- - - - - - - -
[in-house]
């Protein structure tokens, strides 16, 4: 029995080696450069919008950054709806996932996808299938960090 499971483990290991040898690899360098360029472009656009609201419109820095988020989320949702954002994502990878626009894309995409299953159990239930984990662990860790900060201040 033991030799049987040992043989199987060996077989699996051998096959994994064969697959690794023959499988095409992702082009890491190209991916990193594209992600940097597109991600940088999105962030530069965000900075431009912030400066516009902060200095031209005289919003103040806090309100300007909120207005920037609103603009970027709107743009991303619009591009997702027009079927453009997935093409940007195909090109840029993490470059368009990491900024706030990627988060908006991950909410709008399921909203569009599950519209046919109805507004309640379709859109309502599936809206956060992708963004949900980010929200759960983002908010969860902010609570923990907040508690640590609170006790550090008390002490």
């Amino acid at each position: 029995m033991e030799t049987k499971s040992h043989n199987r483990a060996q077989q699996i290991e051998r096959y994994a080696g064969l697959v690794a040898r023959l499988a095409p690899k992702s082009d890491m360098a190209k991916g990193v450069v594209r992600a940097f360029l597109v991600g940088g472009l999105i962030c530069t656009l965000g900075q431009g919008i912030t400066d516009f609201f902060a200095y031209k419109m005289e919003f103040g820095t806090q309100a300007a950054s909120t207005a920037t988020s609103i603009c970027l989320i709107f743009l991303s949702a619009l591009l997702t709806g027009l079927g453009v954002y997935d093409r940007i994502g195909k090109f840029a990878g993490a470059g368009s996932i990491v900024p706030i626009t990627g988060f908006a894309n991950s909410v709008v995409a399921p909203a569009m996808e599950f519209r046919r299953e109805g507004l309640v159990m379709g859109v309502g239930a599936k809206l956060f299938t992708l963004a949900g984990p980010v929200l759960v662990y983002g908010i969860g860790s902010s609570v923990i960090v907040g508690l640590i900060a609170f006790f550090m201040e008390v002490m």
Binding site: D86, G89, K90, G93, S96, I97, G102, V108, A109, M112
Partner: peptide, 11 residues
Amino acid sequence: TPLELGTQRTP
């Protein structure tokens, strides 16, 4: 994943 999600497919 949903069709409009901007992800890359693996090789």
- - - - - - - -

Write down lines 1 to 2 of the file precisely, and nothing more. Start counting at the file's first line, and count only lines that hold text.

[in-house]
């Protein structure tokens, strides 16, 4: 029995080696450069919008950054709806996932996808299938960090 499971483990290991040898690899360098360029472009656009609201419109820095988020989320949702954002994502990878626009894309995409299953159990239930984990662990860790900060201040 033991030799049987040992043989199987060996077989699996051998096959994994064969697959690794023959499988095409992702082009890491190209991916990193594209992600940097597109991600940088999105962030530069965000900075431009912030400066516009902060200095031209005289919003103040806090309100300007909120207005920037609103603009970027709107743009991303619009591009997702027009079927453009997935093409940007195909090109840029993490470059368009990491900024706030990627988060908006991950909410709008399921909203569009599950519209046919109805507004309640379709859109309502599936809206956060992708963004949900980010929200759960983002908010969860902010609570923990907040508690640590609170006790550090008390002490």